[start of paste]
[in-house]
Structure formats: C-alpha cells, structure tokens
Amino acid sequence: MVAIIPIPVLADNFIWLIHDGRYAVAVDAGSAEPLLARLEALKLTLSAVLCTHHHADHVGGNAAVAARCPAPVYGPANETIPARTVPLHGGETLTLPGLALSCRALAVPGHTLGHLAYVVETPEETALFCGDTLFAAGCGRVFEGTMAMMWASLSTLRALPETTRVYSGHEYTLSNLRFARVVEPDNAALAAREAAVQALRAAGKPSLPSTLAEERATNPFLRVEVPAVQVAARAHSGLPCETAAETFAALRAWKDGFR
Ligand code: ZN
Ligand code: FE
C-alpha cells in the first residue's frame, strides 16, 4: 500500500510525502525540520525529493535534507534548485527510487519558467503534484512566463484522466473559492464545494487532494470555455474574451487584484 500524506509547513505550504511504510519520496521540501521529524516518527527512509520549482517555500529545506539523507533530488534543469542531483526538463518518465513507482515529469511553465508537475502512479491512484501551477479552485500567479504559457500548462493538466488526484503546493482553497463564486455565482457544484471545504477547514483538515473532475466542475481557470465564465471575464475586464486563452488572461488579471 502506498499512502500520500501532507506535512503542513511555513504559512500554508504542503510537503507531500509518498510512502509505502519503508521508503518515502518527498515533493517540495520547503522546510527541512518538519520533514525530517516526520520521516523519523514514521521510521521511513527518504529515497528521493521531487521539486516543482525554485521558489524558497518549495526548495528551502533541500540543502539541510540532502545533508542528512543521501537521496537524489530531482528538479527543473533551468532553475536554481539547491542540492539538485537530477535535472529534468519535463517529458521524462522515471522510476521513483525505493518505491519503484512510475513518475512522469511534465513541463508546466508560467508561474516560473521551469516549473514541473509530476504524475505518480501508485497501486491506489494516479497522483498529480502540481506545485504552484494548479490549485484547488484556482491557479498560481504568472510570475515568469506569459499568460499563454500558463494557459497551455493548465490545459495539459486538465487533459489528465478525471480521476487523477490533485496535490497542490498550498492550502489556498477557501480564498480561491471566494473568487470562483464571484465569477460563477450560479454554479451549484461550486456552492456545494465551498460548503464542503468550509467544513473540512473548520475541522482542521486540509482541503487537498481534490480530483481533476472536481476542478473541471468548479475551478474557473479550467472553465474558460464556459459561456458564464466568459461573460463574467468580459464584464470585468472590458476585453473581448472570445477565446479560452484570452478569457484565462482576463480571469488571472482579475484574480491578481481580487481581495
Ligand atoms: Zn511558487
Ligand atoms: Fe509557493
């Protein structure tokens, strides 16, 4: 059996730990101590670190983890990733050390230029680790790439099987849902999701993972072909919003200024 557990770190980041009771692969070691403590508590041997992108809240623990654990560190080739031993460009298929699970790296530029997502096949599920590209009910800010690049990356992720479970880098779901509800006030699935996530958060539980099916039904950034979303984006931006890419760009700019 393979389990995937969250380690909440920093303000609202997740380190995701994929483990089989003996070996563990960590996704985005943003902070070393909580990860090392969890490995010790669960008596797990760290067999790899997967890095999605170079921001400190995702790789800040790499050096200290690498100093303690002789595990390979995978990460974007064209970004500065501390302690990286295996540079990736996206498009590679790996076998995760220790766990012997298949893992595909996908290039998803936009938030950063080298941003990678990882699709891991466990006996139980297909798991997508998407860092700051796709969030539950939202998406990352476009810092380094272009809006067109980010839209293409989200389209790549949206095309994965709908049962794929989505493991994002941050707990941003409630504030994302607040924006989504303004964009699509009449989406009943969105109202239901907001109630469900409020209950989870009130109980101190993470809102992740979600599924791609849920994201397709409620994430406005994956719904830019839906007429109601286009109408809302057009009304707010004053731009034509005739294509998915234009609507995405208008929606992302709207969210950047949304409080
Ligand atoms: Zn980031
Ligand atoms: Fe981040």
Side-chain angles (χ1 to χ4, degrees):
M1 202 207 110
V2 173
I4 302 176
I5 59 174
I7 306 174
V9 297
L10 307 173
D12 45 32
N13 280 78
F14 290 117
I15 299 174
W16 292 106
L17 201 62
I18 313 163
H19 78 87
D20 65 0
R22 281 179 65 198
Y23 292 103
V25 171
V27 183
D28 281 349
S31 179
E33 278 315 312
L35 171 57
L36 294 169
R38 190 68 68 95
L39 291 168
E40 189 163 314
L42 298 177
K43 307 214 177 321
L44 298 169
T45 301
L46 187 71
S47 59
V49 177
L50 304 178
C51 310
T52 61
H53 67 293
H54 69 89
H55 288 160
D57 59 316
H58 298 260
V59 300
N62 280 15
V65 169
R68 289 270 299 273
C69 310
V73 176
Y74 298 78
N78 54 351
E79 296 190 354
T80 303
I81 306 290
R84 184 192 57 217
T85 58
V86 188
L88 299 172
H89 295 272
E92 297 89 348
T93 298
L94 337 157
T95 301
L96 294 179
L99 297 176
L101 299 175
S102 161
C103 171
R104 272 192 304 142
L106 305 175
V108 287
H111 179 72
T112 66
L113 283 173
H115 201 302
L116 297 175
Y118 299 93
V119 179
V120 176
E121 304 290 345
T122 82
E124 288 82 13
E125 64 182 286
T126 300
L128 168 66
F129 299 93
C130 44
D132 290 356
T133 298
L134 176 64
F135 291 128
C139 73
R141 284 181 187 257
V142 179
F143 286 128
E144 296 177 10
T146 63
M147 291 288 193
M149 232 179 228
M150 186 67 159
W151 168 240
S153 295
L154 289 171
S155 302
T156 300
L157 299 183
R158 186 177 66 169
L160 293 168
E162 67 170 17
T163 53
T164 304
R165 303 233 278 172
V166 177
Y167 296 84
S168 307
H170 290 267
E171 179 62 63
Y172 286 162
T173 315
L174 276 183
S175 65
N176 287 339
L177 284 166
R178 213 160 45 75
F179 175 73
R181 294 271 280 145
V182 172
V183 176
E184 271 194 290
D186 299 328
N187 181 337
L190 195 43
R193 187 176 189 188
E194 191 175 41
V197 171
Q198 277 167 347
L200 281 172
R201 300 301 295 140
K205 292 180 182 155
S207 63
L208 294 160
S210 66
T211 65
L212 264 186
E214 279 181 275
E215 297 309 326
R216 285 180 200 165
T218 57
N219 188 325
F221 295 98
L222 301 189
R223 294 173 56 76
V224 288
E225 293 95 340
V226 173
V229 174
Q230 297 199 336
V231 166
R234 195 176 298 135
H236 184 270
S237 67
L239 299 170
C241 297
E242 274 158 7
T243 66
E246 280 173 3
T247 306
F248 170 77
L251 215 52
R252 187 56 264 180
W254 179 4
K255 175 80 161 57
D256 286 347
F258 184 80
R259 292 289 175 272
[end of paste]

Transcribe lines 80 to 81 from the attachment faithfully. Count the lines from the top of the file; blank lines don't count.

C103 171
R104 272 192 304 142